My husband is a good man and a kind and gentle father. While I am and have always been outspoken about porn, I have so much sympathy for him at the same time. How is a 10 year old boy supposed to tell his father that he’s doing something wrong and bad, especially when the mom is aware and on board? And in the meantime, my in-laws are kind to me and have done a lot for us. They have always known I’m Christian so the topic hasn’t come up. It’s become an elephant in the relationship and lots to work through there, but the kids don’t get to go to their house unsupervised. Right now they are very small, but at some point my husband will have to tell them why and set a formal boundary. How awful for him for be in that situation! Really neither of us had any choice any porn being part of our lives, and it’s a heavy burden. I hope people will consider that if they are using and have kids in the house.
        If anyone is in the boat where formal counseling is not accessible, there are certainly loads of helpful websites and even online groups and forums that are available and helpful for free. These and books were helpful for me once we moved away and no longer had counseling.

        Reply
        • Sheila Wray Gregoire

          Oh, I feel so much for that 10-year-old boy, too! That’s great that you’ve set those boundaries. And you’re right–he didn’t have a chance. How wonderful that God plucked him out of that, though, and is working on his life. That is great.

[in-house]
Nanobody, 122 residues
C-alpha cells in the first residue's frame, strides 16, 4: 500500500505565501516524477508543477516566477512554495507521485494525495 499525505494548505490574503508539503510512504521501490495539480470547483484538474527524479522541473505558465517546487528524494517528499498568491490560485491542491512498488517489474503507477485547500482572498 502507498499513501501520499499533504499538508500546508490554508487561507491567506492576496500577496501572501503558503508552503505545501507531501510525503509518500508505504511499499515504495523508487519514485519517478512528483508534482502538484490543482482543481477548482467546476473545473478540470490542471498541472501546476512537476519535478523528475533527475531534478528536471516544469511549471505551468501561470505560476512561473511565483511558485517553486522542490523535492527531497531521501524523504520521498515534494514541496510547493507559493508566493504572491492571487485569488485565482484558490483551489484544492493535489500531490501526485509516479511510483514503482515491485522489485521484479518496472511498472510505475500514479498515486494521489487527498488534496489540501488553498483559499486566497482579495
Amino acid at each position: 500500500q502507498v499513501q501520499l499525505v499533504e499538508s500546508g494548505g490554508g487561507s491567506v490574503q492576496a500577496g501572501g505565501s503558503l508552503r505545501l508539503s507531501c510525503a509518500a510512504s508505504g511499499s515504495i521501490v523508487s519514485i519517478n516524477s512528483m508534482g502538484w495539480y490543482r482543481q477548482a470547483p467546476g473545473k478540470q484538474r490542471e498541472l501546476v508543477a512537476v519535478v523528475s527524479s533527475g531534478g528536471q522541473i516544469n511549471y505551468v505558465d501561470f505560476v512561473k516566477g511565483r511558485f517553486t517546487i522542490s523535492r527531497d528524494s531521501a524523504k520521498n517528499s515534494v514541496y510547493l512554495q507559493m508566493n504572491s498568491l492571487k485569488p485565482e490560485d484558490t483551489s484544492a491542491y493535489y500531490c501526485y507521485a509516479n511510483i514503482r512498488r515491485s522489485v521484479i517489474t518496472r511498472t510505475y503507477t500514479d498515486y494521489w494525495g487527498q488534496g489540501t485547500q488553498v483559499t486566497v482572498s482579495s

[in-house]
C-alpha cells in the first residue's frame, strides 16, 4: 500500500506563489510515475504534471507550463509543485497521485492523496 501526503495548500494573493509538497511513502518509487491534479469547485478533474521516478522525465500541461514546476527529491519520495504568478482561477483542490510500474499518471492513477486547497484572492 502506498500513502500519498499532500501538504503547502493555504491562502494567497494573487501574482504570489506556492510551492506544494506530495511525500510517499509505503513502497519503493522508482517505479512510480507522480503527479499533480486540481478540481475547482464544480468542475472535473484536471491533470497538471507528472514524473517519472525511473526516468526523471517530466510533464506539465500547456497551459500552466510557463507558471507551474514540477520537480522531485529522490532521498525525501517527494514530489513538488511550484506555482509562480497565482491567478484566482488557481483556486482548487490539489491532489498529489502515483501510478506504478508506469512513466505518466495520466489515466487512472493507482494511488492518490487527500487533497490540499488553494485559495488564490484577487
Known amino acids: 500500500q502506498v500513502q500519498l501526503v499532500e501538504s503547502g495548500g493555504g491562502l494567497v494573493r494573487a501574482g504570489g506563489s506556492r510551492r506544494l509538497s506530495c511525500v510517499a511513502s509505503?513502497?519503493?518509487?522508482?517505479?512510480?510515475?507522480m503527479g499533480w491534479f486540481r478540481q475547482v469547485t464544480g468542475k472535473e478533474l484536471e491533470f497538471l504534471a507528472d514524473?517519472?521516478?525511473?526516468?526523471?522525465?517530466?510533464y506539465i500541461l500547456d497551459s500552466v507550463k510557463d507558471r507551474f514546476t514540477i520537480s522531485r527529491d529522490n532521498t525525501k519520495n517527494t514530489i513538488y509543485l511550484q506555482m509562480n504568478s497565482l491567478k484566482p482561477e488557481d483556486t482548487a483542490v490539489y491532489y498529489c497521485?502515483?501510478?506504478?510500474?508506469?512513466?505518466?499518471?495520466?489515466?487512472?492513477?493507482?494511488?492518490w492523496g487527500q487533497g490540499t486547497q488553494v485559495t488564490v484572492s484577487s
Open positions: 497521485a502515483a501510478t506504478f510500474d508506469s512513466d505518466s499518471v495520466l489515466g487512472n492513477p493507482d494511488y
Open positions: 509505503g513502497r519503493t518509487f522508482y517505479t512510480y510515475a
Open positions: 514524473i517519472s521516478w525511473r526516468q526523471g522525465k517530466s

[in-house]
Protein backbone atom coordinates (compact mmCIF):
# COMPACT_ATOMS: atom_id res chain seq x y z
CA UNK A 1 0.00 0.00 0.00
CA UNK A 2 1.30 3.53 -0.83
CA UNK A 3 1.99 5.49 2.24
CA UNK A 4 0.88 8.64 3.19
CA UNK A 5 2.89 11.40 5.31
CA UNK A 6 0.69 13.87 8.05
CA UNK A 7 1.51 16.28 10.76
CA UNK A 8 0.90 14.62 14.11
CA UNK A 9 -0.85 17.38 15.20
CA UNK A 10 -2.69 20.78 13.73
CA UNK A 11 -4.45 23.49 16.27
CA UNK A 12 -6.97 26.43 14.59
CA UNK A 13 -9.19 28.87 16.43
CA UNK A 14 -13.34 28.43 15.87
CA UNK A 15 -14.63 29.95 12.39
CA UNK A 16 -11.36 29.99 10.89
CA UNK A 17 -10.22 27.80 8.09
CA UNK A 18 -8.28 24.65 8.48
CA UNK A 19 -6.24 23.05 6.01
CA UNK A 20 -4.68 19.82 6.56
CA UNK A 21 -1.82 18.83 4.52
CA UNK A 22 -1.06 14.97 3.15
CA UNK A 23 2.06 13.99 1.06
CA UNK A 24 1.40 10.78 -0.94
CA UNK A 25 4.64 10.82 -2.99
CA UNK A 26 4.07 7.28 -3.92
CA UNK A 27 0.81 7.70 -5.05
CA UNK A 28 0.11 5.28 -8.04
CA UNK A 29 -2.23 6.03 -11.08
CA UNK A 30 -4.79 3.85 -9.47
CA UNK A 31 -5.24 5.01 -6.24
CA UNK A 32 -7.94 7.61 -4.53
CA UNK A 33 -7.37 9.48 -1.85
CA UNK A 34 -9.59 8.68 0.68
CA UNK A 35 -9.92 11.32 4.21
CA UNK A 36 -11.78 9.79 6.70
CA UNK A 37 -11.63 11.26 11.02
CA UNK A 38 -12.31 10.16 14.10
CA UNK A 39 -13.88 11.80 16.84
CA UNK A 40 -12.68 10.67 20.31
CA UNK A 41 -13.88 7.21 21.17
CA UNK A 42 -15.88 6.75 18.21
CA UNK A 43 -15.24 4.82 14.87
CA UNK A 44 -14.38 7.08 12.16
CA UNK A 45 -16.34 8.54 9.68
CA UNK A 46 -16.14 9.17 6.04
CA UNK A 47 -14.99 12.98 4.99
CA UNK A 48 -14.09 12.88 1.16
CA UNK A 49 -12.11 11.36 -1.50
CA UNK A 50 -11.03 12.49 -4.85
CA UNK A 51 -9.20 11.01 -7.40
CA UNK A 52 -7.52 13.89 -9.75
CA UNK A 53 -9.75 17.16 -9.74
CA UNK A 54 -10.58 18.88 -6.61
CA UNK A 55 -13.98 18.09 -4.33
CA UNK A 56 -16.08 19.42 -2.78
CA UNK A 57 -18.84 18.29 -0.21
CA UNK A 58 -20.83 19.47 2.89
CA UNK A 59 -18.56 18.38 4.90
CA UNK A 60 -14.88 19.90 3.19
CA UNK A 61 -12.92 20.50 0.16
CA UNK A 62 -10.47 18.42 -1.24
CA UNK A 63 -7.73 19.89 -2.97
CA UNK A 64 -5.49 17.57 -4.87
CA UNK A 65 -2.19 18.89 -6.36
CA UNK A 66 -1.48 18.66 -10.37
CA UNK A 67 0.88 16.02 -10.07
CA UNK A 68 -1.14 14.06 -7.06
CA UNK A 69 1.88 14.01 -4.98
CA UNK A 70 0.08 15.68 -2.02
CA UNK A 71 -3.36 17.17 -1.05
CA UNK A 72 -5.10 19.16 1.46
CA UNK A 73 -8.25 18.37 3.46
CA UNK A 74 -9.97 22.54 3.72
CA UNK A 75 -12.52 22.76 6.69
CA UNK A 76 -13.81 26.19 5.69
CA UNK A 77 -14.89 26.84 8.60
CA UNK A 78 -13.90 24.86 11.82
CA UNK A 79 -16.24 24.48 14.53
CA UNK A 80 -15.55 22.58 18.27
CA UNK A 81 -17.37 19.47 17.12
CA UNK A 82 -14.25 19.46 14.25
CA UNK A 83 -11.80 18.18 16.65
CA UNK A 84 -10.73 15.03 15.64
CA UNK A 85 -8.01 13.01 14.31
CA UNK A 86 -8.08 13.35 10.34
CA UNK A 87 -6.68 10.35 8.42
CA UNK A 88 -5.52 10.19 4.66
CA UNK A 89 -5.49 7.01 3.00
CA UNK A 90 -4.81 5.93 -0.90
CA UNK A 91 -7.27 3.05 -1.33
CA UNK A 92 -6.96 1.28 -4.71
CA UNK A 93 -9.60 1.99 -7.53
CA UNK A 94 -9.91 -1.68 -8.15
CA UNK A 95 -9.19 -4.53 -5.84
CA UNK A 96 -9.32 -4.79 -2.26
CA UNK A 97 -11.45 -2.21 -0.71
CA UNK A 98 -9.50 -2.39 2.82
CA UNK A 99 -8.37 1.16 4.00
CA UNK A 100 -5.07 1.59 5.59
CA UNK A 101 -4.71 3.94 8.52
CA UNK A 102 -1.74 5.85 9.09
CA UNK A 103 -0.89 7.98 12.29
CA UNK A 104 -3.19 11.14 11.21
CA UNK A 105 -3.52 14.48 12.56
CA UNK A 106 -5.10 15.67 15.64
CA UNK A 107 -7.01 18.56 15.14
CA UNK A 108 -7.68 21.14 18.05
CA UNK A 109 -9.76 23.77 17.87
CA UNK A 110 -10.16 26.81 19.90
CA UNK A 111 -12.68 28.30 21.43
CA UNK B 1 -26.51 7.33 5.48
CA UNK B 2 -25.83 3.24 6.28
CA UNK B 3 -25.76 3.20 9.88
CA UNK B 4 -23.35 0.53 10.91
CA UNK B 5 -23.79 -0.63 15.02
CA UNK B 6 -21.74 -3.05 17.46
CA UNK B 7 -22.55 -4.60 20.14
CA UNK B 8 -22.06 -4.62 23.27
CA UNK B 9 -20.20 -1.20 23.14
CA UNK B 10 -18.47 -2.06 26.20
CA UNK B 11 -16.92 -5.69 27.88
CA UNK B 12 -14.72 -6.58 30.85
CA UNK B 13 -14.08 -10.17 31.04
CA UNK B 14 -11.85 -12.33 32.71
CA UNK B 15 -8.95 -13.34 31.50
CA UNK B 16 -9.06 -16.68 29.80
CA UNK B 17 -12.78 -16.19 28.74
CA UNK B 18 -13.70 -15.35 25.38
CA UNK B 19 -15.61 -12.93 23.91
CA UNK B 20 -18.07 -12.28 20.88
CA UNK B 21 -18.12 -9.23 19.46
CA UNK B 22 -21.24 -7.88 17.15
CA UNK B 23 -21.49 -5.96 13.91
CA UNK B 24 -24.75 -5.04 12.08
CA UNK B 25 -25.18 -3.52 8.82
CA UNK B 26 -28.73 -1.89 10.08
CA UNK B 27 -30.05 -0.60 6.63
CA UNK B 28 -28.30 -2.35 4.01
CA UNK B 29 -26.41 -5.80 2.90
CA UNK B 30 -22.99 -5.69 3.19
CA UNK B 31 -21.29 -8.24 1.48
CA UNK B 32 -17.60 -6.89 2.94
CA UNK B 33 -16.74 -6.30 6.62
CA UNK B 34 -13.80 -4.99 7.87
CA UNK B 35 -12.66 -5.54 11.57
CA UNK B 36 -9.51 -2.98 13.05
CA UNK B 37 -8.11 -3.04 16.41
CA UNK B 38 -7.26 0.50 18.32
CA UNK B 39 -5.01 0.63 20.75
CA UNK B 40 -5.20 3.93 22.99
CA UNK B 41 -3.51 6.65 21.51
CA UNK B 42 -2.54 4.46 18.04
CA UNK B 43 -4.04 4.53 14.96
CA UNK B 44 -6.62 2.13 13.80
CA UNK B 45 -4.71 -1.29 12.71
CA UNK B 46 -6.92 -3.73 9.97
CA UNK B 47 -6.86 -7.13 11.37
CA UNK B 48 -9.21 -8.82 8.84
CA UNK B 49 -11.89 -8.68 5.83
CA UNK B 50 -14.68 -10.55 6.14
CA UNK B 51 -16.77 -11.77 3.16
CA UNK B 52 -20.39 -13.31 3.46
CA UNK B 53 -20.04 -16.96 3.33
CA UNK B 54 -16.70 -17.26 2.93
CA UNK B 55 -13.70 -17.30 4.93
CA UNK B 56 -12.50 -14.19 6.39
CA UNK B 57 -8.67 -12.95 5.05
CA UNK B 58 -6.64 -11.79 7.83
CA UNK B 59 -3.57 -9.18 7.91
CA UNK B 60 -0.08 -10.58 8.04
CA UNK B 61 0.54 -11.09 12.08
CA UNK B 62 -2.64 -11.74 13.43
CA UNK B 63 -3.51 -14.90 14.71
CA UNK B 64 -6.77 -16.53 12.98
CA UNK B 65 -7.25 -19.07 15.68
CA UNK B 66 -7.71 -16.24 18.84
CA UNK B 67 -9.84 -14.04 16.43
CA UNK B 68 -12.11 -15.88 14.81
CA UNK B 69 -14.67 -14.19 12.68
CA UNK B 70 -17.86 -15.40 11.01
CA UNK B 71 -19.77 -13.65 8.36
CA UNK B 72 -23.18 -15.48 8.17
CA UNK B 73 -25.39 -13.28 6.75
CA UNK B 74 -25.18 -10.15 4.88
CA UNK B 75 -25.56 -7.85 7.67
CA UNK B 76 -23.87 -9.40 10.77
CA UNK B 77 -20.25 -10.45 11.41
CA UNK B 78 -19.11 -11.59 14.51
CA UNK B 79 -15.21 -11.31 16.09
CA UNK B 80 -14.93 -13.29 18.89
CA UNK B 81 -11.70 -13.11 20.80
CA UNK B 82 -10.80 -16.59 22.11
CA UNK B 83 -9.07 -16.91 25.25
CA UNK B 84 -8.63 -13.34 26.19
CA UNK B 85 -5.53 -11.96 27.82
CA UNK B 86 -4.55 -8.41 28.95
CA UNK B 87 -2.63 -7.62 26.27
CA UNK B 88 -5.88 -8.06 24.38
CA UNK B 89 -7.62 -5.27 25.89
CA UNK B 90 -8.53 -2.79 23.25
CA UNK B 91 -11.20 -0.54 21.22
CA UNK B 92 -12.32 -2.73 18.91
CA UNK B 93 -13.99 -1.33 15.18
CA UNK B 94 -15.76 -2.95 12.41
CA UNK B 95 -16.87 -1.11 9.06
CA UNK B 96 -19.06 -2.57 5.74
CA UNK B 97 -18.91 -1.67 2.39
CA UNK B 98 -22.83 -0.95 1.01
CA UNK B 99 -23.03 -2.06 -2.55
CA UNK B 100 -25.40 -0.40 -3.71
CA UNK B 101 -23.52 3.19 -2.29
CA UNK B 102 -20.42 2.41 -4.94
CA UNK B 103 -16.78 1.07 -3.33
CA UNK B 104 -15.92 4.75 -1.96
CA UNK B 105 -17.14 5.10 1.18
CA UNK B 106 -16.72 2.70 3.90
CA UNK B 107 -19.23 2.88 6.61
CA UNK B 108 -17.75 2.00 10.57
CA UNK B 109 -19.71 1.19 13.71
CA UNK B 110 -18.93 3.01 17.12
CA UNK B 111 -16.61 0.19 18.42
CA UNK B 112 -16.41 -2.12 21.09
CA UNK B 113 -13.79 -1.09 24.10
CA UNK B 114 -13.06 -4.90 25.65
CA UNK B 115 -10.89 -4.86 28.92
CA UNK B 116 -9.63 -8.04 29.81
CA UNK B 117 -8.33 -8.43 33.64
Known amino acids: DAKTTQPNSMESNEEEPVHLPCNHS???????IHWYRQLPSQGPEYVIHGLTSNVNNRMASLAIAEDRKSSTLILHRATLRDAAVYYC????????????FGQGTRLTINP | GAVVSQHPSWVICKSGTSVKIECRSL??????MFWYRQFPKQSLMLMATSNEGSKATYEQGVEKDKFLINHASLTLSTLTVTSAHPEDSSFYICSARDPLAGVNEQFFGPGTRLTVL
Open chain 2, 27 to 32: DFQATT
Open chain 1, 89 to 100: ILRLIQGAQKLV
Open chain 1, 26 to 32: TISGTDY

Reply
  6. Nathan

    > > they’ve never addressed the deep issues that porn use causes.
    This is a huge issue. Many times, I’ve read about a situation where the wife finds out her husbands porn use and he dismisses it by saying “fine, if you want me to stop, I’ll stop. End of problem”. He’s basically saying that there’s nothing wrong with porn (and also saying that there are no long term effects on both partners), just that his wife has a problem with it, so he’ll be the noble one and make the sacrifice.
    And, like we’ve discussed before, having an accountability partner helps a great deal going forward, as does a tool like Covenant Eyes. Sheila is correct in that these don’t “cure” the issue, but they can help create a good envornment.

    Reply
    • Sheila Wray Gregoire

      Exactly, Nathan. I feel like Stage One is just clearing the environment for healing to start. Stage 2 is clearing your mind of hurtful beliefs so healing can start. And then stage 3 and 4 is actually the healing. But we have to clear everything harmful away first before we can heal.

      Reply
      • Greg

        I just want to know what happens if you just enjoy porn and treat it like smoking,you’re like it and you can’t stop.

        Reply
        • Sheila Wray Gregoire

          Greg, smokers stop when they realize that it’s killing them. It’s hurting their bodies. It’s shortening their lives. It’s affecting their daily life.
          I think porn users quit when they realize the same thing–while also realizing the tremendous evil they are participating in by fuelling sex trafficking of women and children.
          Until you allow yourself to see the ugliness and evil that you are participating in, you likely won’t stop. But as we’ve said on other threads, Greg, what you are doing is wrecking your heart, your soul, your relationships, and it’s hurting very real people that you think of as just bodies. It is evil, and you do need to realize that.